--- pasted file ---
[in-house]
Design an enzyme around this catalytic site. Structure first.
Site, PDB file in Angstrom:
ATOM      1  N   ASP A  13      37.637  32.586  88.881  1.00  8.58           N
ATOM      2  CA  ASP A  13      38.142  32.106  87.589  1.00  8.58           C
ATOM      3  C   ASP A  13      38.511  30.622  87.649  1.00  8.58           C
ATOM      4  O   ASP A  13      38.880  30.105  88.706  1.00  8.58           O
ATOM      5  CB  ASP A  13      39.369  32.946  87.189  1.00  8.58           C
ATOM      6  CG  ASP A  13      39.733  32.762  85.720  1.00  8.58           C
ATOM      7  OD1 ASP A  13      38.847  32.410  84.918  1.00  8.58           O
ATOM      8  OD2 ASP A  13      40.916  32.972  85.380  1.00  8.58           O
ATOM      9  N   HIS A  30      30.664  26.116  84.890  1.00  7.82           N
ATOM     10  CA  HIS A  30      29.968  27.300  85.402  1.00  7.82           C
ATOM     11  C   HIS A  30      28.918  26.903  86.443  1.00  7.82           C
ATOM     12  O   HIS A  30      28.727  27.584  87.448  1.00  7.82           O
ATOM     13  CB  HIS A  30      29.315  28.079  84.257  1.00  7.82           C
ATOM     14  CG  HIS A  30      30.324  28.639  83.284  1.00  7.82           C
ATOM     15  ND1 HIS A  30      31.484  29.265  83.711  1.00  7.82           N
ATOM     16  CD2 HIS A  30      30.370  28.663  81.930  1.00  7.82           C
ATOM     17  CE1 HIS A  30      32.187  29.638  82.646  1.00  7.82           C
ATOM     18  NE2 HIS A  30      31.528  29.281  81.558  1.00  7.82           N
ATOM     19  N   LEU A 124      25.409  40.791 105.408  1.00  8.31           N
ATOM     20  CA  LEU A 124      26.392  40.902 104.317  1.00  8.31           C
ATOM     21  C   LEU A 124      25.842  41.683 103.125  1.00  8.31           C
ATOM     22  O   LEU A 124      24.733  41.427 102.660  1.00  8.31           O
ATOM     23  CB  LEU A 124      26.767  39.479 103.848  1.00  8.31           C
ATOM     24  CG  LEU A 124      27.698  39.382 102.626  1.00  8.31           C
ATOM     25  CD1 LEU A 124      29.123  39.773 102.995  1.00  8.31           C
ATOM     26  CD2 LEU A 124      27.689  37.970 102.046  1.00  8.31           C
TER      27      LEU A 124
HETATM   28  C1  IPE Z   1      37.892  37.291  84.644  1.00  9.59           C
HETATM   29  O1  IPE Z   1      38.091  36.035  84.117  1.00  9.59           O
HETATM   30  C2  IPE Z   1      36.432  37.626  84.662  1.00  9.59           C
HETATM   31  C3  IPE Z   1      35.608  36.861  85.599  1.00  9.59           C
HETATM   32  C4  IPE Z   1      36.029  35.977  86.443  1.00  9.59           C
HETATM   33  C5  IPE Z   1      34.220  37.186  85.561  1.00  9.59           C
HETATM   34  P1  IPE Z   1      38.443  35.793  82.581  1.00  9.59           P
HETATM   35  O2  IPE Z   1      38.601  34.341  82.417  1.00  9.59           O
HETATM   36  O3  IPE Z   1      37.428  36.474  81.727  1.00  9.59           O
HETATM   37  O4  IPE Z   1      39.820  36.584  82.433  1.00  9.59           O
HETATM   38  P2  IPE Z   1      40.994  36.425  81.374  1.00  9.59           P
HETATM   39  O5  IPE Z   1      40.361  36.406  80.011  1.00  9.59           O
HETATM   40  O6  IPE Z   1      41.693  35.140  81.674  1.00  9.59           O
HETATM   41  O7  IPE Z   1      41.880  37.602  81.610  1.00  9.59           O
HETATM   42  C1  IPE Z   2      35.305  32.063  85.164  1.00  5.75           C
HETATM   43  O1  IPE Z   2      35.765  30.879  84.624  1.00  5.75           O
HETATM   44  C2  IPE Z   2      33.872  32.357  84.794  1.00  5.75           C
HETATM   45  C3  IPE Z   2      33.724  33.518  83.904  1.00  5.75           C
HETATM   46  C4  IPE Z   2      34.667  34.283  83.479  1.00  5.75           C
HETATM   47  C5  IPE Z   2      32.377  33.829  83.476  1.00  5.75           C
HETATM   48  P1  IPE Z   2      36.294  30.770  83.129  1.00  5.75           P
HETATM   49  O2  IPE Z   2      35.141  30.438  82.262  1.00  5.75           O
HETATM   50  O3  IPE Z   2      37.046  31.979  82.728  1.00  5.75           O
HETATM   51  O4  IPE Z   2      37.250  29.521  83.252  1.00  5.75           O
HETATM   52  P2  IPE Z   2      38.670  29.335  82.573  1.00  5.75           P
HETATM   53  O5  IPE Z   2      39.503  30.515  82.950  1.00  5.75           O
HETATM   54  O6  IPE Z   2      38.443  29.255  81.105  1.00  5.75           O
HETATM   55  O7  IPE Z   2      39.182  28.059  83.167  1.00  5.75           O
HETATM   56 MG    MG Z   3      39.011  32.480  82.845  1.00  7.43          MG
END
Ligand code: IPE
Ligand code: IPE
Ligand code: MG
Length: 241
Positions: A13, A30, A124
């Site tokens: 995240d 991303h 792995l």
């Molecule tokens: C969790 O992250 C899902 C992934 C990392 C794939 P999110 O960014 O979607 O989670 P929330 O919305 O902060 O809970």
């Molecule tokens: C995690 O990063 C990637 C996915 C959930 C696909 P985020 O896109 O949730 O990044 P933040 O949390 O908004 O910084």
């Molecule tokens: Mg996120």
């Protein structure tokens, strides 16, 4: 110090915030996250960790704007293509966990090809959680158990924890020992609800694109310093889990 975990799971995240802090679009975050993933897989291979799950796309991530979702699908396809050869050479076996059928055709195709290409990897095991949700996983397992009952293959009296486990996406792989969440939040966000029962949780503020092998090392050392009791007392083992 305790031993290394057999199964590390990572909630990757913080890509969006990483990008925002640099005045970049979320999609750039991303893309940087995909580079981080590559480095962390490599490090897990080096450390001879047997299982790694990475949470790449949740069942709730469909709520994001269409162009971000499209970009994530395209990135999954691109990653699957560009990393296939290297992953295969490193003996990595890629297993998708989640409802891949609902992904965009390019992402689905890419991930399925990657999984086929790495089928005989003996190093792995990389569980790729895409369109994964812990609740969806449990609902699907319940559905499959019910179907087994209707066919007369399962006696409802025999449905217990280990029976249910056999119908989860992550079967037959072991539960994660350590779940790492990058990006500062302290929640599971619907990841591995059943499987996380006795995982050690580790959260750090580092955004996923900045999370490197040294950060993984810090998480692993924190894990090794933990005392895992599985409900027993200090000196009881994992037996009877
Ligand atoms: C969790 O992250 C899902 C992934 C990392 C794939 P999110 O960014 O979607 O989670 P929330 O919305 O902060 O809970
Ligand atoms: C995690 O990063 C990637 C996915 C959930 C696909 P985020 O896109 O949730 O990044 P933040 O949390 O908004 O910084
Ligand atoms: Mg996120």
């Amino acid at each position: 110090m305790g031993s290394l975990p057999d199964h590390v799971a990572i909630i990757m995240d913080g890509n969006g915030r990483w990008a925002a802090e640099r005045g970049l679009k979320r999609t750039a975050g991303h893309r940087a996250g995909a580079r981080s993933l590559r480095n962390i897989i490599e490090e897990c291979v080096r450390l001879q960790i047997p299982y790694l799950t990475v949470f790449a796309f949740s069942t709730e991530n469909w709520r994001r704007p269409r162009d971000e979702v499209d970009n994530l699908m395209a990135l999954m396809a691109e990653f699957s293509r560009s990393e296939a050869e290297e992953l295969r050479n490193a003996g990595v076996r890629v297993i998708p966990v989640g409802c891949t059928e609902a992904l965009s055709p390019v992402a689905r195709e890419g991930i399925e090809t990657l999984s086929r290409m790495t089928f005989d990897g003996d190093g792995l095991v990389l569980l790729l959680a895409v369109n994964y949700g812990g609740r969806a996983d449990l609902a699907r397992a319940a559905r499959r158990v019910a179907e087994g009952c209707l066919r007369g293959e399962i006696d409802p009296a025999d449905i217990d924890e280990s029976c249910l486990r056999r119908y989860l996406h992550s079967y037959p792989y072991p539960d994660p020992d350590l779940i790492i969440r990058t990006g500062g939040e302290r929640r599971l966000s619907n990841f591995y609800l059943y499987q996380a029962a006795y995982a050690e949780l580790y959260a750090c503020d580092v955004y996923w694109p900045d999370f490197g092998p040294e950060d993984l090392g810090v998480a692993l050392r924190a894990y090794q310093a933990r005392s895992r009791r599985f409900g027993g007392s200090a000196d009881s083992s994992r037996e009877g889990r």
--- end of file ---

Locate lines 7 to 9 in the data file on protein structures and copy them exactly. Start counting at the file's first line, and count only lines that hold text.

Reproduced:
ATOM      4  O   ASP A  13      38.880  30.105  88.706  1.00  8.58           O
ATOM      5  CB  ASP A  13      39.369  32.946  87.189  1.00  8.58           C
ATOM      6  CG  ASP A  13      39.733  32.762  85.720  1.00  8.58           C